Republican vice presidential candidate Sarah Palin on Wednesday called for more domestic oil and natural gas drilling, pulling the McCain ticket further from the clean-tech industry.
In her acceptance speech at the Republican National Convention, Palin touted her accomplishments in laying more pipelines and creating more competition among oil companies as governor of Alaska.
If elected, she said that a McCain-Palin administration would tap more oil and gas from Alaska, while investing in nuclear energy and so-called clean coal, where pollution is stored underground at coal power plants.
"We Americans need to produce more of our own oil and gas. And take it from a gal who knows the North Slope of Alaska: we've got lots of both.
Our opponents say, again and again, that drilling will not solve all of America's energy problems - as if we all didn't know that already.
But the fact that drilling won't solve every problem is no excuse to do nothing at all," she said.
McCain, too, has called for more domestic oil and gas production but has opposed drilling in Alaska's North Slope. He advocates a massive increase in nuclear power, with the goal of building 45 new reactors by 2030.
In policies generally favored by the clean-energy industry, McCain supports national cap-and-trade carbon emissions regulations and tax credits for people who purchase fuel-efficient cars. Both McCain and Palin promised investments in renewable sources of energy--solar, wind, and geothermal.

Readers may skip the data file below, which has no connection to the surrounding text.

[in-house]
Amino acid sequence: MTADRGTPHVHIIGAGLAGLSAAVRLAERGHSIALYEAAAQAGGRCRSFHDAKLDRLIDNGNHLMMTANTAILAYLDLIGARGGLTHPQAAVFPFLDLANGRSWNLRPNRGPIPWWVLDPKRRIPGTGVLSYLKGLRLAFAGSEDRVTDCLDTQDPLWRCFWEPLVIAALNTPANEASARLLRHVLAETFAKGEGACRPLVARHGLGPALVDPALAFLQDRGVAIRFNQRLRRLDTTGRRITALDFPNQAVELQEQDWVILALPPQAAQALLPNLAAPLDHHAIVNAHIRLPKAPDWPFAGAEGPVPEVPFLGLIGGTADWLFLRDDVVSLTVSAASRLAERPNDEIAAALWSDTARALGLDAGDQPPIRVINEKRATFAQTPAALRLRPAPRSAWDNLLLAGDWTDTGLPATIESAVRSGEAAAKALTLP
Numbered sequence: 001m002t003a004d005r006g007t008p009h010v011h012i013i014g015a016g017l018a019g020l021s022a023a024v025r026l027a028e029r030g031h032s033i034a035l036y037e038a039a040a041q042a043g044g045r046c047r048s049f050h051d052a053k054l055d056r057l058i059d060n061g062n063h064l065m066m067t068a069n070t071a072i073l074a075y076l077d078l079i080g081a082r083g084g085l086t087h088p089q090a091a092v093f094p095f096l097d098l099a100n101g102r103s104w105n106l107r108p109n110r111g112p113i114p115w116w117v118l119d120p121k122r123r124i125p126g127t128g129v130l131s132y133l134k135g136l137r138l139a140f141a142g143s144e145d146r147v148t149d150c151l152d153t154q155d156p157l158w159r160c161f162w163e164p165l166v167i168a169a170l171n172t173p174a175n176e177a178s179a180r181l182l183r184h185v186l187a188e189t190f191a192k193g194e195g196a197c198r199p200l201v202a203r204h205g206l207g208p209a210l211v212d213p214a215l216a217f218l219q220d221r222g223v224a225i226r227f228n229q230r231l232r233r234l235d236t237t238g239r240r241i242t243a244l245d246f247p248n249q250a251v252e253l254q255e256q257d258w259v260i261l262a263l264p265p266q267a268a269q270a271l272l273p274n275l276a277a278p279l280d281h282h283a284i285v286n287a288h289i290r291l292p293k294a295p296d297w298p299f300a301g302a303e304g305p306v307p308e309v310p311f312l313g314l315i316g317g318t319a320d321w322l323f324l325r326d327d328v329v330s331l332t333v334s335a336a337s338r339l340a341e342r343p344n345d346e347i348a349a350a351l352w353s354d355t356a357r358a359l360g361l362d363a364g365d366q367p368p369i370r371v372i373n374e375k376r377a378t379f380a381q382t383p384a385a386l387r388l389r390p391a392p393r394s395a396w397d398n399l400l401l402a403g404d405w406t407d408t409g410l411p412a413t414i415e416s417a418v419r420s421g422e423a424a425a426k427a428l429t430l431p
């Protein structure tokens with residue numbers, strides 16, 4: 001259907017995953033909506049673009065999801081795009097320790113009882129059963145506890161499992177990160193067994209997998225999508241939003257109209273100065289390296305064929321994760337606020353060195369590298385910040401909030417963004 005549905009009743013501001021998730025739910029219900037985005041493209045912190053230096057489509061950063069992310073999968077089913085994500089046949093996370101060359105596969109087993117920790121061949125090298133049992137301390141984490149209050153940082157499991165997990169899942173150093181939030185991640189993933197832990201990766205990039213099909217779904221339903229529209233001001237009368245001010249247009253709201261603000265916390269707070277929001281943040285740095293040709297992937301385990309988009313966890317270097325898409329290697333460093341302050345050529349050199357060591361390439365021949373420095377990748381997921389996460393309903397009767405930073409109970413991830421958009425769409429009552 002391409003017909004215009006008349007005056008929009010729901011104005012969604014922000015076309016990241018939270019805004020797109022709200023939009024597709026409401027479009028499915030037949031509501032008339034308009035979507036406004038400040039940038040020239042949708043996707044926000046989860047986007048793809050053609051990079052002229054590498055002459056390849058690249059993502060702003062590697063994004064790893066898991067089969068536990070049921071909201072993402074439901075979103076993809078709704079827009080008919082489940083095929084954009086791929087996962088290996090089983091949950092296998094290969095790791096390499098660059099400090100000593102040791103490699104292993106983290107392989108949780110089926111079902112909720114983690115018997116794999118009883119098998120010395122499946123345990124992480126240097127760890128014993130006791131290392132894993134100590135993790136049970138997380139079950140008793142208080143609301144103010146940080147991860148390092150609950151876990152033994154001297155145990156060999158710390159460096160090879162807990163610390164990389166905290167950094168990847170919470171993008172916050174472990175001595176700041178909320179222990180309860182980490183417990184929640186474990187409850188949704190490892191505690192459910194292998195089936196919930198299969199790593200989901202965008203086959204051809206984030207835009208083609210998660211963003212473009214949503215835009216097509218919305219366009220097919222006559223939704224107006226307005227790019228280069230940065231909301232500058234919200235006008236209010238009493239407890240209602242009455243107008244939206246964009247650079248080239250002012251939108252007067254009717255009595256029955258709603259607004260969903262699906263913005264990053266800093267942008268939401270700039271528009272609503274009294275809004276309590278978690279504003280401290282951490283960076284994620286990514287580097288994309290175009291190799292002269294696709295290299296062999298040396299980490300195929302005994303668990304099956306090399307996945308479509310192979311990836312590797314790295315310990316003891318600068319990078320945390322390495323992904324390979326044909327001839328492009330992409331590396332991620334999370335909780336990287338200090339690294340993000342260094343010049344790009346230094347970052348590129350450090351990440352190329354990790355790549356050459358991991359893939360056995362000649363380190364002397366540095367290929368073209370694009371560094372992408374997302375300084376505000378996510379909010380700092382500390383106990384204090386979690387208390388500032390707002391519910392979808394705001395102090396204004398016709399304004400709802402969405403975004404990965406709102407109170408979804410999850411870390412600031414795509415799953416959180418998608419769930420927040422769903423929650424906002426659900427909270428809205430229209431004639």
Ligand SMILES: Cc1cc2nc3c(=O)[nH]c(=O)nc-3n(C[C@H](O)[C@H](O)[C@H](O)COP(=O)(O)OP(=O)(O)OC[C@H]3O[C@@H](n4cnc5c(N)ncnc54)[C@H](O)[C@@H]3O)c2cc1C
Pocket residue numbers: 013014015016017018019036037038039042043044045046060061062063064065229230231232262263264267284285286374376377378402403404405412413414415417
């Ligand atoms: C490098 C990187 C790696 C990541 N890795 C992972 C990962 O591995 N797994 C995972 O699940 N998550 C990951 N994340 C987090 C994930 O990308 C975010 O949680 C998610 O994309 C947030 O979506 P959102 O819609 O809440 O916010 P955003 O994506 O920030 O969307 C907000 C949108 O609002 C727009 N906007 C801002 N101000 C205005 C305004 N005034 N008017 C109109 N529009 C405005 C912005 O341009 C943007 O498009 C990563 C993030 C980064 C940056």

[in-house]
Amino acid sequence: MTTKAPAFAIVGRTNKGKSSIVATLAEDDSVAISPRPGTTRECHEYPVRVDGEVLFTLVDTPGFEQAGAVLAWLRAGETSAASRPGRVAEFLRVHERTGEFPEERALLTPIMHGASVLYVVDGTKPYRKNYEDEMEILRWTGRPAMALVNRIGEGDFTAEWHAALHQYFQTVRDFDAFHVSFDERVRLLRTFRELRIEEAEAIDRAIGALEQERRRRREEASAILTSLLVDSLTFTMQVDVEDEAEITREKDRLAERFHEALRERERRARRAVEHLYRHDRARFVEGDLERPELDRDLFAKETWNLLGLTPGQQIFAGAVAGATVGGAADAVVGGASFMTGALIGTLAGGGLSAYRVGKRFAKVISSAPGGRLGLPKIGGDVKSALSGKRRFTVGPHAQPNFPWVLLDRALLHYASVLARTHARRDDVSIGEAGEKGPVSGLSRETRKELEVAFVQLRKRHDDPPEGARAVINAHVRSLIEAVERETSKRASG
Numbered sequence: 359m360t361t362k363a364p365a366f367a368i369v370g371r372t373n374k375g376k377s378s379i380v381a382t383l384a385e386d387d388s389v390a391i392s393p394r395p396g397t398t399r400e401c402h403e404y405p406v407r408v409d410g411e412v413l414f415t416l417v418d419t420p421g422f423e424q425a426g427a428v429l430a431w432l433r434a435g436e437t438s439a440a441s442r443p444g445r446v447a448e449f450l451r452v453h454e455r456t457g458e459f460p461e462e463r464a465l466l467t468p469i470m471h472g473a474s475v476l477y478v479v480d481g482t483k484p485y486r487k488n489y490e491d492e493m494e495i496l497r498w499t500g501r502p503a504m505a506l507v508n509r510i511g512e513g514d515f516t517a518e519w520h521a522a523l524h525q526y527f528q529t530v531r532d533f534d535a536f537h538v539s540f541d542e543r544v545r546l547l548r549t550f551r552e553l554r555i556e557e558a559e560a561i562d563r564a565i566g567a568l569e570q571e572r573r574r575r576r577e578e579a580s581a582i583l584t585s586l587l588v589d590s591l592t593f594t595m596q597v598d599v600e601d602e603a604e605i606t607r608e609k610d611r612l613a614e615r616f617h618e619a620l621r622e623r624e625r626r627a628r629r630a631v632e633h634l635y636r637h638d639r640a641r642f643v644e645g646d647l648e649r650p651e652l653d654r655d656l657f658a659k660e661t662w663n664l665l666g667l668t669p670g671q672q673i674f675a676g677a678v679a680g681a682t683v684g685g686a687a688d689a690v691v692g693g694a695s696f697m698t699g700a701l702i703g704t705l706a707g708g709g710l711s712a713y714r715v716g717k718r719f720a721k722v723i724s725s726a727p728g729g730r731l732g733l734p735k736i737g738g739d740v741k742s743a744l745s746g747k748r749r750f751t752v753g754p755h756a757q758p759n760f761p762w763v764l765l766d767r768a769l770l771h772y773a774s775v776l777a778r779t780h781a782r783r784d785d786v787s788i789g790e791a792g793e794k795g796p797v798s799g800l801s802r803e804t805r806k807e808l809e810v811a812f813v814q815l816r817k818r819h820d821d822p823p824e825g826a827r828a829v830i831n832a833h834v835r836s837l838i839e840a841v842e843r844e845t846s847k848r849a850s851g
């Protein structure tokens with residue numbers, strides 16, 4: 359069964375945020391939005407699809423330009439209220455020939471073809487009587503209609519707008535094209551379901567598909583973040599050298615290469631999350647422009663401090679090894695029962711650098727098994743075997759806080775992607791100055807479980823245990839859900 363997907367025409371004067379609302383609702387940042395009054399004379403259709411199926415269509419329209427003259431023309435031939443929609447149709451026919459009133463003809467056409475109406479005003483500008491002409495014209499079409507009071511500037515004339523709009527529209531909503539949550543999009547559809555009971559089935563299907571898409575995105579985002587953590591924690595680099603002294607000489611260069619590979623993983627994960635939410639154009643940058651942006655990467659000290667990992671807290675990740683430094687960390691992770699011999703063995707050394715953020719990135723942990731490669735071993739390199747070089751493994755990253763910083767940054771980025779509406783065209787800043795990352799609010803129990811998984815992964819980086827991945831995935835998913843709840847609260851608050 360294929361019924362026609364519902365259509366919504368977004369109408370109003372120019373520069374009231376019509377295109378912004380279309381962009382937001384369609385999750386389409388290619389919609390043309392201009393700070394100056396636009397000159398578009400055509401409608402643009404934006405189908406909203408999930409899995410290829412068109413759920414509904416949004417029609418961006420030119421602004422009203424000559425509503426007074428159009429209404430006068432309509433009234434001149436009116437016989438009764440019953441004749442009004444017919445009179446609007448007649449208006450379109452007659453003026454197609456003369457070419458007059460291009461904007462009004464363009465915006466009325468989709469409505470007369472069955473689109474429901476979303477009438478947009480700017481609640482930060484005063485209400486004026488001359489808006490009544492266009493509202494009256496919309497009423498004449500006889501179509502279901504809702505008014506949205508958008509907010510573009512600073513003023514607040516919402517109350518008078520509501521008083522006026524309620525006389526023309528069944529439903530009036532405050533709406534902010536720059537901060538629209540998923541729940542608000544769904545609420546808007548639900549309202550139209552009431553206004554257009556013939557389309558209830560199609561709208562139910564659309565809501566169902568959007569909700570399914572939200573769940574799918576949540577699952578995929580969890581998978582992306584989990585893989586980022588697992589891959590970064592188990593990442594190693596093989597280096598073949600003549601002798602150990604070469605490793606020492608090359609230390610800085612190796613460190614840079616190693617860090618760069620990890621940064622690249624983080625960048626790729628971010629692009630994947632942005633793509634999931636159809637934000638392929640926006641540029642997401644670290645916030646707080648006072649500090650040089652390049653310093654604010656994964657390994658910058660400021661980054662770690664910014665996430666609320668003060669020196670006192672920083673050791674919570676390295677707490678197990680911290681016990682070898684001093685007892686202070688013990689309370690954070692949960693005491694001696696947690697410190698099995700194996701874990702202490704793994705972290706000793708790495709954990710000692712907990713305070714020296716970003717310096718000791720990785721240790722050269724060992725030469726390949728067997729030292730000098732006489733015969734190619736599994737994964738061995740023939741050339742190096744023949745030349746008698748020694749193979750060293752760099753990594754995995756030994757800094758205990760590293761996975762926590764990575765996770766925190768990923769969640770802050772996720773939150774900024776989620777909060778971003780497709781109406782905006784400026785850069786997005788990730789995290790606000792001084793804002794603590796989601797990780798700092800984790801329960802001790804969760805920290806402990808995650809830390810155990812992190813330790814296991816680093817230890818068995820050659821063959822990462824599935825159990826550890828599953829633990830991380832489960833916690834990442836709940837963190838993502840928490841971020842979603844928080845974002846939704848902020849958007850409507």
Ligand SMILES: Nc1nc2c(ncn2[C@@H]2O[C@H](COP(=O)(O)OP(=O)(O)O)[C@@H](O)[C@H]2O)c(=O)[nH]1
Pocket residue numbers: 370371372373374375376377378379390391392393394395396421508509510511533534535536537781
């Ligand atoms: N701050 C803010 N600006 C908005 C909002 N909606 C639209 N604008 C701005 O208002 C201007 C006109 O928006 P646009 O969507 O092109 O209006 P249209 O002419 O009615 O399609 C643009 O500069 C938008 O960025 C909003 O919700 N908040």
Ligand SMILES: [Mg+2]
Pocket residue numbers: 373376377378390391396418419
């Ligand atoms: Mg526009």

Democratic presidential candidate Barack Obama also advocates tapping domestic natural gas reserves but has outlined more aggressive steps to promote alternative energy. As senator, he has voted for extending existing renewable energy tax credits, which McCain has not.
From Obama's speech last Thursday:
As President, I will tap our natural gas reserves, invest in clean coal technology, and find ways to safely harness nuclear power. I'll help our auto companies re-tool, so that the fuel-efficient cars of the future are built right here in America. I'll make it easier for the American people to afford these new cars.
And I'll invest 150 billion dollars over the next decade in affordable, renewable sources of energy - wind power and solar power and the next generation of biofuels; an investment that will lead to new industries and five million new jobs that pay well and can't ever be outsourced.
McCain on Wednesday gained the endorsement of two high-tech executives--former eBay CEO Meg Whitman and former Hewlett Packard CEO Carly Fiorina.
Yet Obama's energy policies have garnered significant support from clean-tech investors and business people. High-profile clean energy investor Nancy Floyd endorsed Obama in her speech at the Democratic National Convention last week.
His campaign is backed by a group called Clean Tech and Green Business for Obama, a fund-raising and outreach group which has Dick Swanson, president and chief technology officer of solar manufacturer SunPower, on its board.
On Wednesday, research firm New Energy Finance published an analysis of Obama and McCain's energy positions and concluded that McCain's free-market ethos would dominate his energy policies, while Obama would seek a more active role in promoting the clean-energy industry.